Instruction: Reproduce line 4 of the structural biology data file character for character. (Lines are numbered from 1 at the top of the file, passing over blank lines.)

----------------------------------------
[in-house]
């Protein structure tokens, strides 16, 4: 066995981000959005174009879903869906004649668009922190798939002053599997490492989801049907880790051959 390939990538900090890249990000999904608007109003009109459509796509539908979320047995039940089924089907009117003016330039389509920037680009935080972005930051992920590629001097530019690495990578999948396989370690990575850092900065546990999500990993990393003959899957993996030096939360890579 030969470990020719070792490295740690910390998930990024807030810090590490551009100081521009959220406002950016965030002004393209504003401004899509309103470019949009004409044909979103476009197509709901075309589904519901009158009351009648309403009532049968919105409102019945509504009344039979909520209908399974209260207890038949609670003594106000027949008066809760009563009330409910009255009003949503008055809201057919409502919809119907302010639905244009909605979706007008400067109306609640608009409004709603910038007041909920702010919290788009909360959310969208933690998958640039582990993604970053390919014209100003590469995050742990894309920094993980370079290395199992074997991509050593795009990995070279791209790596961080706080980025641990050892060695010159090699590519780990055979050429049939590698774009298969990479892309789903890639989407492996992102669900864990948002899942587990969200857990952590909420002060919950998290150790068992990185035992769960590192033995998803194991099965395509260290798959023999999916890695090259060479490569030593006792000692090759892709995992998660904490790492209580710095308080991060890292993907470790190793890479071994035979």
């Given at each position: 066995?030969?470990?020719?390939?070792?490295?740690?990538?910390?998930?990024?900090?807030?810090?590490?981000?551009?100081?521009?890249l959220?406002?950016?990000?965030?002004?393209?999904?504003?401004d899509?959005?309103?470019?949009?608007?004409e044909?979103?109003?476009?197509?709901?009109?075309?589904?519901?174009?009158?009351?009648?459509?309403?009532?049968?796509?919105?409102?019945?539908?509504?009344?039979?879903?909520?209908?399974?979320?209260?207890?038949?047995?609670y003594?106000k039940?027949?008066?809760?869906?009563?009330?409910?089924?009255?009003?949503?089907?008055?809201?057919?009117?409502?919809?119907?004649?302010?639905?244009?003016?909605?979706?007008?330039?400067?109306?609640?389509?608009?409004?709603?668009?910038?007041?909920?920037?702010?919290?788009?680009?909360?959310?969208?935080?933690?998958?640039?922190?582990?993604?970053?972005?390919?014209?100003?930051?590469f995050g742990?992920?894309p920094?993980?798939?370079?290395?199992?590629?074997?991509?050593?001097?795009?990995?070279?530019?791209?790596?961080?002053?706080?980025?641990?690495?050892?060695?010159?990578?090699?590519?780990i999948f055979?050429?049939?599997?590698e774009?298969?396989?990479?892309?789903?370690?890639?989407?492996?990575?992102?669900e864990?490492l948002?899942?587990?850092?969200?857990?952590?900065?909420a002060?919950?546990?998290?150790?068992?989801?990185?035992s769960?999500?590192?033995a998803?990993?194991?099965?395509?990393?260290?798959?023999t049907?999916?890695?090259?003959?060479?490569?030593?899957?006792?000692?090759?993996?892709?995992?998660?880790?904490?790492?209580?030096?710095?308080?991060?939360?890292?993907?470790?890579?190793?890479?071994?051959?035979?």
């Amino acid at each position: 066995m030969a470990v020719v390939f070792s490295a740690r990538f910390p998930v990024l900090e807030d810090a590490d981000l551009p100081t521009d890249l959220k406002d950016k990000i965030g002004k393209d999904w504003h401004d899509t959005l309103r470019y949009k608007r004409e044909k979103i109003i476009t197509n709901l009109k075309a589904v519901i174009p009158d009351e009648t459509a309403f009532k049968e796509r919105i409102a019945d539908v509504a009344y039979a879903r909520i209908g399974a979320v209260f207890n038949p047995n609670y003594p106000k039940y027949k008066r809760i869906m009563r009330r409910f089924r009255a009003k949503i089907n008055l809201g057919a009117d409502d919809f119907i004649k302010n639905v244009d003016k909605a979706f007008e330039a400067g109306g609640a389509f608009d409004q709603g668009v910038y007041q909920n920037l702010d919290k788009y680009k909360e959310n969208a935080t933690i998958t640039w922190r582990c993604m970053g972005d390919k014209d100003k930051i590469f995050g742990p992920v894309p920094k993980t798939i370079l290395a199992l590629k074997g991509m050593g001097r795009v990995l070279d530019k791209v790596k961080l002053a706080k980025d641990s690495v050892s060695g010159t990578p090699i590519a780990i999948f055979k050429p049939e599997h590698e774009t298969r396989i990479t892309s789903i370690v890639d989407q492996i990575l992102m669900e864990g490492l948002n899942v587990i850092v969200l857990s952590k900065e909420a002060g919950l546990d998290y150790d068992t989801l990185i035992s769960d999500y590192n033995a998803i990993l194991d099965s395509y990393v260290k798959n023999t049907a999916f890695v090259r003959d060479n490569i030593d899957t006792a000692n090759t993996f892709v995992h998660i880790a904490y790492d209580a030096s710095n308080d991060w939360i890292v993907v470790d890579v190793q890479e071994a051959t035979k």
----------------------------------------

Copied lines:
């Amino acid at each position: 066995m030969a470990v020719v390939f070792s490295a740690r990538f910390p998930v990024l900090e807030d810090a590490d981000l551009p100081t521009d890249l959220k406002d950016k990000i965030g002004k393209d999904w504003h401004d899509t959005l309103r470019y949009k608007r004409e044909k979103i109003i476009t197509n709901l009109k075309a589904v519901i174009p009158d009351e009648t459509a309403f009532k049968e796509r919105i409102a019945d539908v509504a009344y039979a879903r909520i209908g399974a979320v209260f207890n038949p047995n609670y003594p106000k039940y027949k008066r809760i869906m009563r009330r409910f089924r009255a009003k949503i089907n008055l809201g057919a009117d409502d919809f119907i004649k302010n639905v244009d003016k909605a979706f007008e330039a400067g109306g609640a389509f608009d409004q709603g668009v910038y007041q909920n920037l702010d919290k788009y680009k909360e959310n969208a935080t933690i998958t640039w922190r582990c993604m970053g972005d390919k014209d100003k930051i590469f995050g742990p992920v894309p920094k993980t798939i370079l290395a199992l590629k074997g991509m050593g001097r795009v990995l070279d530019k791209v790596k961080l002053a706080k980025d641990s690495v050892s060695g010159t990578p090699i590519a780990i999948f055979k050429p049939e599997h590698e774009t298969r396989i990479t892309s789903i370690v890639d989407q492996i990575l992102m669900e864990g490492l948002n899942v587990i850092v969200l857990s952590k900065e909420a002060g919950l546990d998290y150790d068992t989801l990185i035992s769960d999500y590192n033995a998803i990993l194991d099965s395509y990393v260290k798959n023999t049907a999916f890695v090259r003959d060479n490569i030593d899957t006792a000692n090759t993996f892709v995992h998660i880790a904490y790492d209580a030096s710095n308080d991060w939360i890292v993907v470790d890579v190793q890479e071994a051959t035979k």